Formed in Austin, Texas, in 1965, the 13th Floor Elevators were psychedelic pioneers, influencing the likes of the Grateful Dead and Janis Joplin, “led by outsider genius Roky Erickson, who combined offbeat spiritualism with crude R&B,” according to Allmusic. “Many have cited them as the first true psychedelic rock band, and if they weren’t, they certainly predated most of the San Francisco bands that gave the sound a global audience. The Elevators played a bracing fusion of garage rock and genre-defying musical exploration powered by Roky Erickson’s feral vocals and rhythm guitar.” Erickson and his bandmates were known as vocal proponents of mind-expanding drugs, and when the frontman was arrested in Texas for the possession of just one joint, he pleaded insanity rather than go to jail for up to a decade. Erickson spent three-and-a-half years in a mental institution and was subjected to electroshock therapy and Thorazine treatments before being released in 1972. He eventually became a notable recluse along the lines of Syd Barrett, Brian Wilson, Daniel Johnston and Skip Spence. But Erickson (above, performing “Don’t Shake Me Lucifer” and “Two Headed Dog”) still occasionally found time to record and even tour. His most recent solo release, True Love Cast Out All Evil (stream it below), backed by Okkervil River, came out in 2010. “A tumultuous history hasn’t stopped the former 13th Floor Elevator from achieving greatness,” said NME. And Pitchfork added: “On this affecting and ultimately triumphant album, Erickson comes out on top.” His new tour launches today, and Erickson plays Rough Trade NYC on Tuesday and Wednesday. L.A. experimental rockers Death Valley Girls open both shows.
Tag Archives: Daniel Johnston
M. Ward – Celebrate Brooklyn – August 7, 2012
The nights are cooler now. After months of record-breaking heat, dusk is finally a time for relief. It makes evening activities tranquil and comfortable. It gives us opportunities to enjoy the outdoors. And if you sit under the cover of trees at the Prospect Park Bandshell, there are few better late-summer events than a Celebrate Brooklyn concert. They create a special environment by pairing live music with a beautiful setting. So last night, at the final ticketed show of the season, we got it all: the perfect scenery, weather and lineup of acts.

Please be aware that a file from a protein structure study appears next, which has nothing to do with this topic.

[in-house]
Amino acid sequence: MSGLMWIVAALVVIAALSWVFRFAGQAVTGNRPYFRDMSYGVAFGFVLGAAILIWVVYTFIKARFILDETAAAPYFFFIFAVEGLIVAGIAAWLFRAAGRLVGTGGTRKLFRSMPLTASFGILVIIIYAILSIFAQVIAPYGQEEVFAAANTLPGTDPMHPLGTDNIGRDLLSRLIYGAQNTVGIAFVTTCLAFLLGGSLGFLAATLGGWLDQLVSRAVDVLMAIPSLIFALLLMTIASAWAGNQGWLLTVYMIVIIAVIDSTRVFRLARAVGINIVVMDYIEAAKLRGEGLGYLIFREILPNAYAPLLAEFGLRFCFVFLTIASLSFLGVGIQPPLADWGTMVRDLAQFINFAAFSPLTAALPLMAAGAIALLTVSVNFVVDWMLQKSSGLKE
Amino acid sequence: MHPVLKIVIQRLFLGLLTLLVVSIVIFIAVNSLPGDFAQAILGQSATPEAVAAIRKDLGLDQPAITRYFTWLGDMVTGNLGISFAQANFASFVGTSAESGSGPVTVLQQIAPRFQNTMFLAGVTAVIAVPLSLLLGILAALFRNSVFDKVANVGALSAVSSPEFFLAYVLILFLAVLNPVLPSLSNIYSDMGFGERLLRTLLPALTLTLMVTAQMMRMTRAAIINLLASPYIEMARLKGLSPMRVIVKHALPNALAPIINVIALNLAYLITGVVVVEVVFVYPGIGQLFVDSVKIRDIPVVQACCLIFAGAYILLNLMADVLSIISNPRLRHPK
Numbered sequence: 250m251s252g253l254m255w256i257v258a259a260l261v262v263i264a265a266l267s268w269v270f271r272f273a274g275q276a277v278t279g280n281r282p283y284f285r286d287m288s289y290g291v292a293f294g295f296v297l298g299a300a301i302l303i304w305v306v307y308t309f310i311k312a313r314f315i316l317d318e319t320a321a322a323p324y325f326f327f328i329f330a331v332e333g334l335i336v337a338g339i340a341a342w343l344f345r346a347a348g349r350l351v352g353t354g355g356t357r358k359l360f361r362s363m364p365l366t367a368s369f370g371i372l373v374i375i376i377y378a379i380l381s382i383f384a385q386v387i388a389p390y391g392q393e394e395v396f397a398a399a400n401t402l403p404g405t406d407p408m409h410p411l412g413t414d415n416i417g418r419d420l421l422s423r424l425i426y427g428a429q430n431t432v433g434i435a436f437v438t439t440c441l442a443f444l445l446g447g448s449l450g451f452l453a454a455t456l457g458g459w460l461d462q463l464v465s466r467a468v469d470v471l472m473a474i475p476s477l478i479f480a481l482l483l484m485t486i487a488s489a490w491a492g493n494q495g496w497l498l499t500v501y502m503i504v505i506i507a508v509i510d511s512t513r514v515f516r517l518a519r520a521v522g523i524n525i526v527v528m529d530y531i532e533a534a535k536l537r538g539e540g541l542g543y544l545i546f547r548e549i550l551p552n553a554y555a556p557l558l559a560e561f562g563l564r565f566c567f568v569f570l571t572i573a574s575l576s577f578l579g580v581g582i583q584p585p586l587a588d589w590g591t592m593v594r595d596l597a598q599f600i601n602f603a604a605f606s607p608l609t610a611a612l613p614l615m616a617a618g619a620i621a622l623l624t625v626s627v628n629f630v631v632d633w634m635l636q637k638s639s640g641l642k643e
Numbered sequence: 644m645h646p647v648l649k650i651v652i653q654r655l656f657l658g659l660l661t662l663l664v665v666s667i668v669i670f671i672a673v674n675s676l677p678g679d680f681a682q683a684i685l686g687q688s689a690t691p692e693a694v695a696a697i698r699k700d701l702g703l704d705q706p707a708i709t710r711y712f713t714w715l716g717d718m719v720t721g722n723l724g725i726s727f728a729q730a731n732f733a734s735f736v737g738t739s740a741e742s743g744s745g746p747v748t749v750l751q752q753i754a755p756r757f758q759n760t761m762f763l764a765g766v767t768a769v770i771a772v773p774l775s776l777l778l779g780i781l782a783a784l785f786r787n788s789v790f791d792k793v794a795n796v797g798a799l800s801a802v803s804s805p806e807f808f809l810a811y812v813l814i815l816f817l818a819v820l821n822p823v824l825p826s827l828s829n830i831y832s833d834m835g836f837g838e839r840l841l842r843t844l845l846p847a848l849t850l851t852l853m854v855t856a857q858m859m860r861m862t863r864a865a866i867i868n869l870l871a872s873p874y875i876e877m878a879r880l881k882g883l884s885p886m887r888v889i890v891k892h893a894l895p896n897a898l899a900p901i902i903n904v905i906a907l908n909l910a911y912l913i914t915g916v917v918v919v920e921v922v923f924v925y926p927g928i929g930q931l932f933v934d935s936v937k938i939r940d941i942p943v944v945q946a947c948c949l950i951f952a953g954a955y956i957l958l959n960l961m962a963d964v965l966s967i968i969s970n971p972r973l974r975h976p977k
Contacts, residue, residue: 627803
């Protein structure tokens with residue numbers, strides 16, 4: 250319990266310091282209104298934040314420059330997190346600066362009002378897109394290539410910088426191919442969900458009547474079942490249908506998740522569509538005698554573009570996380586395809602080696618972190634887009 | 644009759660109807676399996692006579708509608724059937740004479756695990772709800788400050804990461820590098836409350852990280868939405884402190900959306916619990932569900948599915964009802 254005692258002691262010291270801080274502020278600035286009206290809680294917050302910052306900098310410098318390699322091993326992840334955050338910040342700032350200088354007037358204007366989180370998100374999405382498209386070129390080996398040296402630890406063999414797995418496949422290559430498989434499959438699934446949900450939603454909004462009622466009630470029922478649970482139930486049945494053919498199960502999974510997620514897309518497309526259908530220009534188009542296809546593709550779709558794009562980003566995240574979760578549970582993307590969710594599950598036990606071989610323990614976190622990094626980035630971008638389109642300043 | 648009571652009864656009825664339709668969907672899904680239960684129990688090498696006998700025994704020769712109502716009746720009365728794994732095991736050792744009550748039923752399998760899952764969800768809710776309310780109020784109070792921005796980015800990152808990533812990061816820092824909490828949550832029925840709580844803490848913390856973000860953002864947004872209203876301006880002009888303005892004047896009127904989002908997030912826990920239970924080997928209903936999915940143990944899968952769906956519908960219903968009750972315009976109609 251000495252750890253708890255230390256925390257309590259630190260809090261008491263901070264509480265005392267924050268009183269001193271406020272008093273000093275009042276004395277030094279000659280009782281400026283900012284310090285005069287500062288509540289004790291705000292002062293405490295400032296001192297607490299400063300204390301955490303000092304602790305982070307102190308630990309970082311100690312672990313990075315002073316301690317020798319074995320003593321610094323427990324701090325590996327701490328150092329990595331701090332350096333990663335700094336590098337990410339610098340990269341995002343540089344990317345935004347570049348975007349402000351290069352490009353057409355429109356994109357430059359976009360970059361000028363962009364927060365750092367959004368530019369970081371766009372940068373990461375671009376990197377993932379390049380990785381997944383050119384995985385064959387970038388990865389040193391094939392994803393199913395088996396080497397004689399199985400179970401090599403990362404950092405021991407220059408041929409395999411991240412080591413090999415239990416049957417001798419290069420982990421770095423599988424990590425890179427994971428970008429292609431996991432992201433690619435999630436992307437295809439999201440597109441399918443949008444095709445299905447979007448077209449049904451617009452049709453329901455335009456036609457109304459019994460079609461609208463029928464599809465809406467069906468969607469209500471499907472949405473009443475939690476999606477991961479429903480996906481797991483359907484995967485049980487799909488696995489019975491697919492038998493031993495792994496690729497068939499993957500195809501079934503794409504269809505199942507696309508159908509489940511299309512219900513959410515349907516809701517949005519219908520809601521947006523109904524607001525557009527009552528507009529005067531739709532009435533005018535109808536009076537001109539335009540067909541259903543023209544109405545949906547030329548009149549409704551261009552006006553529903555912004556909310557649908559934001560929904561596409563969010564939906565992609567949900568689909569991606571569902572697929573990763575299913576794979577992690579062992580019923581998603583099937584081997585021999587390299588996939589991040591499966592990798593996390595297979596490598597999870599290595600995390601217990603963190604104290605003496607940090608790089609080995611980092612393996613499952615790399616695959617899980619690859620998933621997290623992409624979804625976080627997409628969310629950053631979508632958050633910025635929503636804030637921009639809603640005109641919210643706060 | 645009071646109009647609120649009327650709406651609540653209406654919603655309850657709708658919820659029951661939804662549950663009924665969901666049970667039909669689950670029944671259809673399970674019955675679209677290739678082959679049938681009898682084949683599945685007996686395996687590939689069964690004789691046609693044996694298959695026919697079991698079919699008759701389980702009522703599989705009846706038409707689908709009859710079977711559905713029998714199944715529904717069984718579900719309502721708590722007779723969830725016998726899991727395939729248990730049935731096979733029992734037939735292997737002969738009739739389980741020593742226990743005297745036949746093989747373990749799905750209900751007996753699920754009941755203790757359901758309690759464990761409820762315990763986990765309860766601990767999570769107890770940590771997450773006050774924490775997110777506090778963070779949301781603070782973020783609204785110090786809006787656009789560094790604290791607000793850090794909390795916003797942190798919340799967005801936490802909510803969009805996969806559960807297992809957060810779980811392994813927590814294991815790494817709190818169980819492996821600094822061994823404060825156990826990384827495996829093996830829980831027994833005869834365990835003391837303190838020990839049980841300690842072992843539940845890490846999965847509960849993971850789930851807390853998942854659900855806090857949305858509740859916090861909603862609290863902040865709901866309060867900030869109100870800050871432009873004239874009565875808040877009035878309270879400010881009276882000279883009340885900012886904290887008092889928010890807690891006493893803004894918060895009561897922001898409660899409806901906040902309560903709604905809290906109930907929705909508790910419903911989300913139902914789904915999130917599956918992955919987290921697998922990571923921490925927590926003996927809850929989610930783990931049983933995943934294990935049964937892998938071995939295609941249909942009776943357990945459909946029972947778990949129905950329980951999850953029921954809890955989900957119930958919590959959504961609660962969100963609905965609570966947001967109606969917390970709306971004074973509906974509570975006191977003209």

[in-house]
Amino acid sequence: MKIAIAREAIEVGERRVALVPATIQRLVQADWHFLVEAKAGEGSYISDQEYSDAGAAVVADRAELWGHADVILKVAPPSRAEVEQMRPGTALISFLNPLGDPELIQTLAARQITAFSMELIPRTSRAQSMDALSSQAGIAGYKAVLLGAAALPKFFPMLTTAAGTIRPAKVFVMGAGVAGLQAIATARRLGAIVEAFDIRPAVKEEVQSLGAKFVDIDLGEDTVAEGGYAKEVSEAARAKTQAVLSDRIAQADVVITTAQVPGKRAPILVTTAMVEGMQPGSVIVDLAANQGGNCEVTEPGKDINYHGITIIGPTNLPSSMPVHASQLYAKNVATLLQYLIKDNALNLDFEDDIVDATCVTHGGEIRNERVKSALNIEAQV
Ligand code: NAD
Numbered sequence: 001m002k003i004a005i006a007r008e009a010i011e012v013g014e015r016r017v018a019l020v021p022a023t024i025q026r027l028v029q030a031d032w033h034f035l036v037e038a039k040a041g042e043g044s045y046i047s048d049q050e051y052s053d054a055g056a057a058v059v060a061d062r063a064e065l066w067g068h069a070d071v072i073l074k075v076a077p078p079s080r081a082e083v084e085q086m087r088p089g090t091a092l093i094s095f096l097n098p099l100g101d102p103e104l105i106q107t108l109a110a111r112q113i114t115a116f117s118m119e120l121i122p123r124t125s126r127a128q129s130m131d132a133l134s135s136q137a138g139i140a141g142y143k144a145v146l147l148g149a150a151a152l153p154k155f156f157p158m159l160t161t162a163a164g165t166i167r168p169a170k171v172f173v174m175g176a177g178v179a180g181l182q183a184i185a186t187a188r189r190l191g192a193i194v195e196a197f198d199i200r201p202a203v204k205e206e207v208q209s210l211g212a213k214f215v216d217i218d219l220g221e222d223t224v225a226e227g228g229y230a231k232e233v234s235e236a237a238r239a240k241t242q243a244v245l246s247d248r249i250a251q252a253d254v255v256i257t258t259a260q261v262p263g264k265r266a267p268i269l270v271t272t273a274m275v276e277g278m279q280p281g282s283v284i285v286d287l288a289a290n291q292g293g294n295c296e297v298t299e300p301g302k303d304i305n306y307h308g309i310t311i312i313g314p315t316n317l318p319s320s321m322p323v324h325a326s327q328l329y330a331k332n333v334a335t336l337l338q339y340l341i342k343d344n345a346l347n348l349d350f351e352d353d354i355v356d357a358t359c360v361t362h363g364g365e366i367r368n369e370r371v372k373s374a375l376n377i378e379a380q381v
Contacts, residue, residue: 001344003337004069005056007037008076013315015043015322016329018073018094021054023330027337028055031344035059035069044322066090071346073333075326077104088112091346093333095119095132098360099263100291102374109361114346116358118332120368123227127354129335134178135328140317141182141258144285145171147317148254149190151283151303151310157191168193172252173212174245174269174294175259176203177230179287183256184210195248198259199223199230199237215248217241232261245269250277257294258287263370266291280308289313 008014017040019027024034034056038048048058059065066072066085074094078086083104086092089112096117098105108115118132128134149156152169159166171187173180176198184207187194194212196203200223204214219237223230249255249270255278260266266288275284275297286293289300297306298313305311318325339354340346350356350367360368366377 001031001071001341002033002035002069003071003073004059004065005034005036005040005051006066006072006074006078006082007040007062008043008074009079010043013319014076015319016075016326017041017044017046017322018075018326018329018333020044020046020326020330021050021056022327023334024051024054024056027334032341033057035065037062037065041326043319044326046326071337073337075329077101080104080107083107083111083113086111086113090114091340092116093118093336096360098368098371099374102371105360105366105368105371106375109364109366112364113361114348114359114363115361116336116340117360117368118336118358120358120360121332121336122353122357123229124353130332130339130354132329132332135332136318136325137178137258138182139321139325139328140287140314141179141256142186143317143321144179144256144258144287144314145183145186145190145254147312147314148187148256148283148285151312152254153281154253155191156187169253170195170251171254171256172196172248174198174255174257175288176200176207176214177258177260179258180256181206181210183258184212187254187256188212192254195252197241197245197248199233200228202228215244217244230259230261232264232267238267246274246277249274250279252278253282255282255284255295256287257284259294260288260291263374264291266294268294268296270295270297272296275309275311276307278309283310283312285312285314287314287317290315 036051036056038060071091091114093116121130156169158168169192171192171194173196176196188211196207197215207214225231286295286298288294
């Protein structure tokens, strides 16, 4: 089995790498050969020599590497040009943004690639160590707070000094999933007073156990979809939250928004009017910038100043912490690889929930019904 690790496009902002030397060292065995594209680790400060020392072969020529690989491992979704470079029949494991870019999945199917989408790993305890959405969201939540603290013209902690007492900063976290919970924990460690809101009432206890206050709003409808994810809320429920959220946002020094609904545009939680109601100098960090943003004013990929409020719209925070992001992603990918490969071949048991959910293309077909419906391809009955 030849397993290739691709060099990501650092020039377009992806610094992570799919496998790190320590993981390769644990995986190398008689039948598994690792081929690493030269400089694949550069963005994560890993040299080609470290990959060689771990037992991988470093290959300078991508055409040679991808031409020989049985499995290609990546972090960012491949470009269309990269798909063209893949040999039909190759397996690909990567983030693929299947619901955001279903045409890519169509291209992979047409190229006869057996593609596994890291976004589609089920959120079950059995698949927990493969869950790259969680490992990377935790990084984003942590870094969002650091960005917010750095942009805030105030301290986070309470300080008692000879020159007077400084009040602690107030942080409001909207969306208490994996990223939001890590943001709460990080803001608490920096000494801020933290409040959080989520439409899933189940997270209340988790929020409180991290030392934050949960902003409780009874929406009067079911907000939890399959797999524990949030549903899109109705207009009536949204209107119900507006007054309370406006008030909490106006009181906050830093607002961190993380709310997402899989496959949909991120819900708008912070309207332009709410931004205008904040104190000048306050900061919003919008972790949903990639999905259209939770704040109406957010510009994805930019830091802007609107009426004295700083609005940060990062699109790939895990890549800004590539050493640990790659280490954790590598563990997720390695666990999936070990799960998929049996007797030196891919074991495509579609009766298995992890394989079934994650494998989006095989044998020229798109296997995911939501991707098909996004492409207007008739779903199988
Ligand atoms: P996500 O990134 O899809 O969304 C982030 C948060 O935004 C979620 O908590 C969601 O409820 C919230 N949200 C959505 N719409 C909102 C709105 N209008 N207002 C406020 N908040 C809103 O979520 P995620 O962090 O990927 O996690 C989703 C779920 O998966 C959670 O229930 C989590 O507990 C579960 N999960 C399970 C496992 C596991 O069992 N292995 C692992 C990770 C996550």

M. Ward, the night’s highly anticipated headliner, came on after some prompt stand-up by Wyatt Cenac and a hushed set by Yo La Tengo. Ward, a unique American musician, mixes elements of rock, folk and blues along with his melodic yet gravelly voice and creates something all his own. His guitar work is magnificent too. During “Rollercoaster” he evoked the namesake’s unbalanced feeling with an effective slippery riff. And in other places, he was simply the full package—masterful songwriter and spot-on performer.
“Chinese Translation,” from the album Post-War, is a clever piece of imaginative folklore concerning an inquisitive protagonist and a sagacious elder. It was also made all the better by Ward and his band’s light touch. They knew how to blow the lid off at times, like during “Primitive Girl,” but the quiet moments were my favorites. An encore violin-and-keyboard duo of Daniel Johnston’s “Story of an Artist” was beautiful and apropos. Ward slyly dedicated the song to “the artists in Brooklyn.” He surely knew his audience and played perfectly for the moment. —Jared Levy
Tags: A Wasteland Companion, Celebrate Brooklyn, Daniel Johnston, M. Ward, Photos, Post-War, Prospect Park Bandshell, Review, Wyatt Cenac, Yo La Tengo
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